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Laura Ortega, Emmanuel Guzman-Martinez, Marcia Grabowecky, Satoru Suzuki; Orientation-specific flicker adaptation dilates static time. Journal of Vision 2010;10(7):1415. doi: 10.1167/10.7.1415.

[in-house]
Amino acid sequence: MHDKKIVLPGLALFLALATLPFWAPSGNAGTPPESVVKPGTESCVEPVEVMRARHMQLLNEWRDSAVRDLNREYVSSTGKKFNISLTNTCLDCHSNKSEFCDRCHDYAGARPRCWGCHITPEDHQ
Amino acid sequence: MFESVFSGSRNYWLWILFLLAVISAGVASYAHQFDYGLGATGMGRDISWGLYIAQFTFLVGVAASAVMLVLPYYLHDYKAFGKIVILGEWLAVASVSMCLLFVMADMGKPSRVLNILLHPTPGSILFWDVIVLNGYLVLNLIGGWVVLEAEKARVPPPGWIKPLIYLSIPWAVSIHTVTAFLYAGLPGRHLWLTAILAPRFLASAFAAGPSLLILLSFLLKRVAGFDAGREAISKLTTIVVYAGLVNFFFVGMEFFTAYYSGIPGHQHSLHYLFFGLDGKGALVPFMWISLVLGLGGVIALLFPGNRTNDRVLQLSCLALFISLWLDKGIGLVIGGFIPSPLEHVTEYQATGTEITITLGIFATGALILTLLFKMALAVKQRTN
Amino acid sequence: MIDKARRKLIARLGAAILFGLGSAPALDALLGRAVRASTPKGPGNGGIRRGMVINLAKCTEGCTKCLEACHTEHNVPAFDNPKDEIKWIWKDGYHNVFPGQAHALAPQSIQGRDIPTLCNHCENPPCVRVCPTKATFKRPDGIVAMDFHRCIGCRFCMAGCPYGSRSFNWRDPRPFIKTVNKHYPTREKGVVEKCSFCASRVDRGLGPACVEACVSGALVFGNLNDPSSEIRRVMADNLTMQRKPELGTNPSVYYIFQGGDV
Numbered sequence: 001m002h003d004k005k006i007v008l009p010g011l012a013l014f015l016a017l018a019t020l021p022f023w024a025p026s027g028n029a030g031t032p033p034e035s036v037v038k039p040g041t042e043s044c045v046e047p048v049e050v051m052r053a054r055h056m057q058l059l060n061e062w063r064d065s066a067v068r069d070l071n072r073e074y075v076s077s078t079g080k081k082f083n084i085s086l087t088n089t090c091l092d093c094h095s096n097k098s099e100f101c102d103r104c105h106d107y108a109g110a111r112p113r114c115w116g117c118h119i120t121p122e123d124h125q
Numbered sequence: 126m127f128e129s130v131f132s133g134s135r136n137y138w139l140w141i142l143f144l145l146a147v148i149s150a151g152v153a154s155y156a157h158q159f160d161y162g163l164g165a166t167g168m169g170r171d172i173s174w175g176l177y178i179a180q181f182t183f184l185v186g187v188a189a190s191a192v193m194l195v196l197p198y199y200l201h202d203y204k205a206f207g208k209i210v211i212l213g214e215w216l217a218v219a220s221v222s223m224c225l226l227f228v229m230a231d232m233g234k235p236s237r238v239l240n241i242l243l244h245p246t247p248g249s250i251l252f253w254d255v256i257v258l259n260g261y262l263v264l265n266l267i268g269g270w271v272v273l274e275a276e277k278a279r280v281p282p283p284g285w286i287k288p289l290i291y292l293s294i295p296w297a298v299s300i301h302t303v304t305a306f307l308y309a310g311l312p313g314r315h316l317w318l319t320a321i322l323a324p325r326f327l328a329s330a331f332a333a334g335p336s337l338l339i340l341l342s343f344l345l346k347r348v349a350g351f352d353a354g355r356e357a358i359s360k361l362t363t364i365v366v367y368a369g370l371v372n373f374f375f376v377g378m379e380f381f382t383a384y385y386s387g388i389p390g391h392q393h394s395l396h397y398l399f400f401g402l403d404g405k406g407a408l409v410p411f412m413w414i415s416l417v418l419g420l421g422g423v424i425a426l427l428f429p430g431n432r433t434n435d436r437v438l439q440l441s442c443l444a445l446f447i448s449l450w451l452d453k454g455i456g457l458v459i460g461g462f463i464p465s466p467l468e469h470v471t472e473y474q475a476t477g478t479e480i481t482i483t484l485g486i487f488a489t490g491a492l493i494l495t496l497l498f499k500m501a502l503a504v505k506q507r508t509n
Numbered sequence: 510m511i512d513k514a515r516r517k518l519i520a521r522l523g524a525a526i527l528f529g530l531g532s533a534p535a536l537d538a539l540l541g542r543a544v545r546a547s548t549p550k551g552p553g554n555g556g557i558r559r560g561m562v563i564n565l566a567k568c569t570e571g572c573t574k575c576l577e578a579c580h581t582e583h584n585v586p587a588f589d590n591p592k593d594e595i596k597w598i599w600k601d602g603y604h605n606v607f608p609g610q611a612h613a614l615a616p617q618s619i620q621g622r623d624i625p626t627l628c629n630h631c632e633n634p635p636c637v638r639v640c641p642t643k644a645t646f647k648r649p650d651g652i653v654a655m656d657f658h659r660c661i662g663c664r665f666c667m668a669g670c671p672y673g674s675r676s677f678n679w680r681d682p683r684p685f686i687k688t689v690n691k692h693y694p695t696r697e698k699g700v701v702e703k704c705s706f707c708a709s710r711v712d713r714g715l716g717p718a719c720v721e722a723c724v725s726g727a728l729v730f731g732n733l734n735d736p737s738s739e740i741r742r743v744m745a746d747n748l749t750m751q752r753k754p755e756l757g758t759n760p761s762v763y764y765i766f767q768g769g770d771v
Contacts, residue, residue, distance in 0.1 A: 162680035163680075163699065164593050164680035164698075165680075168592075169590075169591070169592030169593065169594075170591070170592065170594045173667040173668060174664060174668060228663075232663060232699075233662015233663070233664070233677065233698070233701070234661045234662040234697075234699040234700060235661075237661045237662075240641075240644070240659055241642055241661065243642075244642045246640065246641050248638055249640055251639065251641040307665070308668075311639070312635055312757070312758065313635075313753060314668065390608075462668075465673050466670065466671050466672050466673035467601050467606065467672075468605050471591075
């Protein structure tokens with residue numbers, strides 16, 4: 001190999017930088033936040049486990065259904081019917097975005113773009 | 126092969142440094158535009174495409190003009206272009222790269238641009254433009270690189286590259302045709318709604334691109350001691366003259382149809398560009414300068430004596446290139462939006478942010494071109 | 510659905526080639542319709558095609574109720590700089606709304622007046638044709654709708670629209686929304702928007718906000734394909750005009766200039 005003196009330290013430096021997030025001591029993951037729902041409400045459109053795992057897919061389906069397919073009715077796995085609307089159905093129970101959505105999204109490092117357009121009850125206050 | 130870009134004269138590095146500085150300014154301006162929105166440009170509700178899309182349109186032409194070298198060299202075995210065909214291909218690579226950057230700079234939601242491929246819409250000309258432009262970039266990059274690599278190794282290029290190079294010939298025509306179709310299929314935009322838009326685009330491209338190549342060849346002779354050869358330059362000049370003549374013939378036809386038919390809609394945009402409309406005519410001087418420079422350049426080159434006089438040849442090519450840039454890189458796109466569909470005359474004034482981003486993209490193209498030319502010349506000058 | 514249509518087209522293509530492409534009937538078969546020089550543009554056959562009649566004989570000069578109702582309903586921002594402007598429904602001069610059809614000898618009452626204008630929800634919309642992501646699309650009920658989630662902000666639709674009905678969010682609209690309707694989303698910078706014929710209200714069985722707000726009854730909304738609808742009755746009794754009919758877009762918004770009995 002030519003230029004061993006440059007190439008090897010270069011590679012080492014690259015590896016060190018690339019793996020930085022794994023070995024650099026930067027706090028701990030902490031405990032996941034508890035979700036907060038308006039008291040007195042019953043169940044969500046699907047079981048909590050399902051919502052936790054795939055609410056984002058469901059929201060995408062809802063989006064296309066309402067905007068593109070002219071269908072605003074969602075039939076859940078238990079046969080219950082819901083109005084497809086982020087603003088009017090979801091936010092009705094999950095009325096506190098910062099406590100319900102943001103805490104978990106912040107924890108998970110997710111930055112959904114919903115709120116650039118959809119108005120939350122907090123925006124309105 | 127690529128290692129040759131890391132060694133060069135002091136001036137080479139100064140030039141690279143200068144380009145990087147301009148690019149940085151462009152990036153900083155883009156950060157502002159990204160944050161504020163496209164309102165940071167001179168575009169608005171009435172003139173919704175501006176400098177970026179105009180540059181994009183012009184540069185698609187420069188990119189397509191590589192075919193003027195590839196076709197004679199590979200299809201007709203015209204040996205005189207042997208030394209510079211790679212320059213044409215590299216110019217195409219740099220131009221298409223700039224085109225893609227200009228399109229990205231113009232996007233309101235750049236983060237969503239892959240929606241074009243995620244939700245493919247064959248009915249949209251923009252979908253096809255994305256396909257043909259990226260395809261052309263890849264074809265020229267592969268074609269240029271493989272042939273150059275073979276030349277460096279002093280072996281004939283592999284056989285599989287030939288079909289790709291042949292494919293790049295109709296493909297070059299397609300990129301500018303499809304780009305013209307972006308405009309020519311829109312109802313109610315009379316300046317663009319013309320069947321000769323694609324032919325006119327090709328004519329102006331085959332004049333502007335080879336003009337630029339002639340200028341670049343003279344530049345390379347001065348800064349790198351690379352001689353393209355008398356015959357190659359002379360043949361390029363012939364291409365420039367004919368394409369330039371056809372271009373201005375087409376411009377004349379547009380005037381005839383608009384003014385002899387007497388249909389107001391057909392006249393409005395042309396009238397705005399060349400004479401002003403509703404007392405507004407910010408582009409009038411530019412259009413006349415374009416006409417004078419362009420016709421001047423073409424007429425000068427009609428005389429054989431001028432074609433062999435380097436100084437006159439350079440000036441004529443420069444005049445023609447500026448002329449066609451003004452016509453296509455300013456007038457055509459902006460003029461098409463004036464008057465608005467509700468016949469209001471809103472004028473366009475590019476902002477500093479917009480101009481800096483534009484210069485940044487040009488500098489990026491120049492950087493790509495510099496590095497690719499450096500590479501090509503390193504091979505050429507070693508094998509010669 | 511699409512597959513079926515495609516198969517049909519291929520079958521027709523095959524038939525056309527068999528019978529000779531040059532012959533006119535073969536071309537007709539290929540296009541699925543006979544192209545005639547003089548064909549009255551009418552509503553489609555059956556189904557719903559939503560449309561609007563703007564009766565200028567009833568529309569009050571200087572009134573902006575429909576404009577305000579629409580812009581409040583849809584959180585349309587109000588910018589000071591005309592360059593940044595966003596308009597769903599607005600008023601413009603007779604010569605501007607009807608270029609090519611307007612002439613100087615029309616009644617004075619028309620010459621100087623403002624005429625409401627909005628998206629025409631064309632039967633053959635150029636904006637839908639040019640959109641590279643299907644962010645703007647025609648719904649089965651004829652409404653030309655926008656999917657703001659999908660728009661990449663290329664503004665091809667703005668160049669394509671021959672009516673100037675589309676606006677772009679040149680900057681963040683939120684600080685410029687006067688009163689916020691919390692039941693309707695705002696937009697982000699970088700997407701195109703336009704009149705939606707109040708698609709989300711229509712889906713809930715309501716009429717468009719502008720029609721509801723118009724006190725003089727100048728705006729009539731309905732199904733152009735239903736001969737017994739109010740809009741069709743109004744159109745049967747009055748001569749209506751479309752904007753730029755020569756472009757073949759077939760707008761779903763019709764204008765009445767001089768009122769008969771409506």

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Adapting to a flickering stimulus makes a subsequently presented static stimulus (in the order of 500-1000 ms) appear longer. This flicker-based time-dilation aftereffect has been thought to be mediated by central mechanisms such as increased arousal and attention. We investigated a potential role of low-level visual adaptation in this aftereffect. If flicker adaptation of low-level visual neurons contributes to subsequent temporal dilation, the aftereffect should be orientation specific, stronger when the orientations of the adaptor and test stimuli are the same than when they are different. The arousal hypothesis predicts no orientation specificity, the attention hypothesis predicts the opposite effect because attention capture by orientation change should make the different-orientation test stimulus appear longer, and contrast adaptation also predicts the opposite effect because the less visible same-orientation test stimulus should appear shorter. We used vertical and horizontal Gabors (4.17° radius, 4.32 cycles/deg) as the adaptor (flickered at 5 Hz or static; lasting 5000 ms) and test (static; lasting from 200 to 800 ms) stimuli. The perceived duration of the test stimulus was measured using a 2AFC temporal bisection task (shorter PSEs indicating temporal dilation). Overall, the test stimulus appeared longer (by 67 ms) when preceded by a flickered adaptor compared to a static adaptor, replicating the previous results. Crucially, the test stimulus appeared even longer (by 31 ms) when the flickered adaptor and the test Gabor had the same orientation than when they were orthogonal. These results suggest that flicker-based adaptation of orientation-tuned visual neurons contributes to temporal dilation over and above any effects of arousal, attention capture, and/or contrast adaptation. This orientation-specific time-dilation aftereffect is distinct from the recently reported location-specific but orientation-independent time shrinkage aftereffect (from rapidly flickering adaptor to flickering test). Time perception thus depends on the adaptive states of low-level visual processes in multiple ways.
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